Geminids: Meteors before Christmas

December 09, 2023

Shooting star season is not only in mid-August, but also in mid-December! The Geminids, which appear to come from the namesake constellation Gemini, offer a reliable winter show of shooting stars - this year without any disturbance by the Moon. Only the weather has to play along...

The Geminids are in no way inferior to their summer counterpart, the Perseids: They are a reliable, abundant meteor shower. It seems as if they come from the constellation Gemini (the Twins), which is currently already rising in the evening hours in the eastern night sky. Shooting stars can therefore be expected throughout the night during the typical Geminid period in mid-December.

For those of you who are not familiar with the constellation of Gemini: It is located to the left above Orion in the night sky. The two main stars Castor and Pollux, which are named after a pair of twins from Greek mythology, are particularly bright. The apparent point of emission of the shooting stars (the so-called radiant) is just above Castor, the upper of the two twin stars. However, this is only a perspective effect, similar to driving a car through a snow shower.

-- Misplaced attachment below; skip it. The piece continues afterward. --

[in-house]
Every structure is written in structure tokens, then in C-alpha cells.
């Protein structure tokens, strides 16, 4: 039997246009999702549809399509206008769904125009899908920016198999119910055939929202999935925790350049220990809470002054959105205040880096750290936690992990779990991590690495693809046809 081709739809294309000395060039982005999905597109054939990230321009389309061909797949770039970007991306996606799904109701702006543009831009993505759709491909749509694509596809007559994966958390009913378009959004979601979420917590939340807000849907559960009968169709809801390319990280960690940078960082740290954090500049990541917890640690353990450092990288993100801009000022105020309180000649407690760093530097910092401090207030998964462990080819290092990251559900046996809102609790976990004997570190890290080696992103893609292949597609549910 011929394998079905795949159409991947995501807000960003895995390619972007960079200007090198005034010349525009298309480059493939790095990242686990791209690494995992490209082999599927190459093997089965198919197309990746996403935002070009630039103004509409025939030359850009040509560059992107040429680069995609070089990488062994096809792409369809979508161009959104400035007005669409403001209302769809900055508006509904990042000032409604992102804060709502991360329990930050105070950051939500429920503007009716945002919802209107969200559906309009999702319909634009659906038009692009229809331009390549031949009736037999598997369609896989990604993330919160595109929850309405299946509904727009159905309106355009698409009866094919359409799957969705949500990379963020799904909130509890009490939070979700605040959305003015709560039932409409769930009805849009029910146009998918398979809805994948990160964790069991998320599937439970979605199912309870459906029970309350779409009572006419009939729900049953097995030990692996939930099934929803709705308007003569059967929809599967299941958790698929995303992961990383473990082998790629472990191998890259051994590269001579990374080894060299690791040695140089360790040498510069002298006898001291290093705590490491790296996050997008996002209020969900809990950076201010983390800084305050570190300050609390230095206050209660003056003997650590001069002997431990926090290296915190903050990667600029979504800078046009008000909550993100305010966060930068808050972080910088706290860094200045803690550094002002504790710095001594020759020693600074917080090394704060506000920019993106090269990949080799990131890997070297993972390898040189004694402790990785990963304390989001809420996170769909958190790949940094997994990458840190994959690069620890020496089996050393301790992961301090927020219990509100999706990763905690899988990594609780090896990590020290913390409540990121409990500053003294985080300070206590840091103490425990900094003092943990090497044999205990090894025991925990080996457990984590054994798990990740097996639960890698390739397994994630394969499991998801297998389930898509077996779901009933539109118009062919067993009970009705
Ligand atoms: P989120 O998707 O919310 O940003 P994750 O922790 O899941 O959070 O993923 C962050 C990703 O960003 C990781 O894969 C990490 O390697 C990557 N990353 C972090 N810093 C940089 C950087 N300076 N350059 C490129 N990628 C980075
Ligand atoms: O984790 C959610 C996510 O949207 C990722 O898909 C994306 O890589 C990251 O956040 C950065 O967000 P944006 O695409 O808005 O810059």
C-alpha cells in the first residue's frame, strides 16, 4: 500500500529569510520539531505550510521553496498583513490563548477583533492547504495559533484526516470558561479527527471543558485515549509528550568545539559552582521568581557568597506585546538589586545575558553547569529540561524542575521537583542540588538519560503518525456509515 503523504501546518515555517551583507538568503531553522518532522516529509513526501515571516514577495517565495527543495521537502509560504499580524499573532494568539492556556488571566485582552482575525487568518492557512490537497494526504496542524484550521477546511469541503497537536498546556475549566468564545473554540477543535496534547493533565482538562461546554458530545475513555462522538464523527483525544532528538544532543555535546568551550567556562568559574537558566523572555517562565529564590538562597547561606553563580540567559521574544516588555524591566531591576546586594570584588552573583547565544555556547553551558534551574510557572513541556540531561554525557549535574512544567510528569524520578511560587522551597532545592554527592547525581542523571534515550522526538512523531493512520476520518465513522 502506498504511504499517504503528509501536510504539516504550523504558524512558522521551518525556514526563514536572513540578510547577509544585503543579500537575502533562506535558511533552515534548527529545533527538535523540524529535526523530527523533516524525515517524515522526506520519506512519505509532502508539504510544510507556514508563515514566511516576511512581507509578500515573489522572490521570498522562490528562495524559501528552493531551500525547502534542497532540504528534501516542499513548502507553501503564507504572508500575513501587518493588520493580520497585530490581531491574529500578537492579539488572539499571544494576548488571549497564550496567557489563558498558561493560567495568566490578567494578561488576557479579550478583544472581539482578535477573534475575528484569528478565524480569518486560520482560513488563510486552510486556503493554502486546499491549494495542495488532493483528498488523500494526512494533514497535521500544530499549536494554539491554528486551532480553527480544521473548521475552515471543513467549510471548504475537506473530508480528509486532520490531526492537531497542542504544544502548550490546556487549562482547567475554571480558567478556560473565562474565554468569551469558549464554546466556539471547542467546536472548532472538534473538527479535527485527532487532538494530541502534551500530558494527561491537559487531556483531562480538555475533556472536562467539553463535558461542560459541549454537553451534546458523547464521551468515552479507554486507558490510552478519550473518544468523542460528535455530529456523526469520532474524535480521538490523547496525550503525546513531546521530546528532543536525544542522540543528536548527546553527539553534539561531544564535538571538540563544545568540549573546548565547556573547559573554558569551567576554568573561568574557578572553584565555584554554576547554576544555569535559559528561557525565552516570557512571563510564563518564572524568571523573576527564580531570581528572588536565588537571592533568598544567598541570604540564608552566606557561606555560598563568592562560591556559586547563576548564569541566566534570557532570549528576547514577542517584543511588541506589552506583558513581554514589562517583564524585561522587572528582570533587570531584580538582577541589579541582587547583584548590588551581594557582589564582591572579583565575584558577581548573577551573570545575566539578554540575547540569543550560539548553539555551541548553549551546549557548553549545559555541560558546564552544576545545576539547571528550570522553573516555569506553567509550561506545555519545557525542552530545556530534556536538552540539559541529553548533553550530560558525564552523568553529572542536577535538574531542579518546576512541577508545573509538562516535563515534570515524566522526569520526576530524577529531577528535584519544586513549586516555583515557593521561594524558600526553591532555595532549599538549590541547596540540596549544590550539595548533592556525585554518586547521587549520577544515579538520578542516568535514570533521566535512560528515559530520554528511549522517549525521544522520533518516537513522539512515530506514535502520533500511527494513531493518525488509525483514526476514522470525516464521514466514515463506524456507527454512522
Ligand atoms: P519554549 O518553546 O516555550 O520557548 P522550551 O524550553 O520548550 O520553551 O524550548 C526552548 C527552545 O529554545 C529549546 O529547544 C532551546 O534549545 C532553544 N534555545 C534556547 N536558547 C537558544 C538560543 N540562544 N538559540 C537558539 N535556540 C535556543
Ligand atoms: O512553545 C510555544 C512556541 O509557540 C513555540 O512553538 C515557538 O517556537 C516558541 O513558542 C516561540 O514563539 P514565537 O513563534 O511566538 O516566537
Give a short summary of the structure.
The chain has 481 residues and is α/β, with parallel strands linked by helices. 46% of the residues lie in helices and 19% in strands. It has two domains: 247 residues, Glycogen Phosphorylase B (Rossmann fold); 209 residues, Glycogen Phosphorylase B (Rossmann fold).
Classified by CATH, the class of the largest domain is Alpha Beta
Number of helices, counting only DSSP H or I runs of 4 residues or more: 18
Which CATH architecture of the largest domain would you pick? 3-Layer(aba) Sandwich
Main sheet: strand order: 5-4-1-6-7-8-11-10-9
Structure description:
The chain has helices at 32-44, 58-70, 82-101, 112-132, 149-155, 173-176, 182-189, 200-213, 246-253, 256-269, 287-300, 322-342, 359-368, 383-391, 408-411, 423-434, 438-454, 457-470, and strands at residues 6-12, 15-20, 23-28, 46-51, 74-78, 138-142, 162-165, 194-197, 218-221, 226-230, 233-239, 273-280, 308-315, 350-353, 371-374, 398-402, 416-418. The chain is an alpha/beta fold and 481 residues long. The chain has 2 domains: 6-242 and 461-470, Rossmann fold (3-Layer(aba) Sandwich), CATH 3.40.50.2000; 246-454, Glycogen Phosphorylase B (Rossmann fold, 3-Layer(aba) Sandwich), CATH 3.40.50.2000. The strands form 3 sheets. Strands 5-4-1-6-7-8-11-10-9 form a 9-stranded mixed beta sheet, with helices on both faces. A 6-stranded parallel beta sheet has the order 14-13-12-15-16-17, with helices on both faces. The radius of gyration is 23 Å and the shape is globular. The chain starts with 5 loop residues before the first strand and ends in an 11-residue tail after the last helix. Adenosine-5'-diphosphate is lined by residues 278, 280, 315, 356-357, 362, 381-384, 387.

The sources of meteor showers are usually comets. They release small mineral particles every time they approach the Sun, which then follow their own orbit. Over the course of decades, a tube forms along the comet's orbit, which is filled with these particles. When the Earth crosses this tube, shooting stars occur more frequently. In the case of the Geminids, however, the body of origin is an asteroid, (3200) Phaethon. It is not completely understood yet how a rocky body can release particles. The latest theory is that Phaeton’s close proximity to the Sun is the cause: Thermal stresses could cause cracks so that particles eventually split off.

This year, the maximum of the Geminids occurs in the evening hours of 14 December at around 8 CET. In general, however, the frequency of shooting stars increases during the night and reaches a peak in the morning hours, as this is when the small particles that cause the meteor fly towards the Earth and do not have to "catch up with it from behind" as they do in the evening. As a result, we can enjoy the Geminids all night long without any significant change in intensity.

New moon will be on 13 December 2023, so the thin crescent Moon will not interfere with observations in the days around the Geminid maximum.

Geminid shooting stars are often bright and intensely coloured. Compared to other meteor showers, the Geminids are relatively slow and only rarely show an afterglow. When the sky is dark, you can see around 50 shooting stars per hour. This value has increased in recent decades and will continue to do so for a while because the orbital geometry of Phaethon is changing: At the moment, its orbit is moving closer to that of the Earth.

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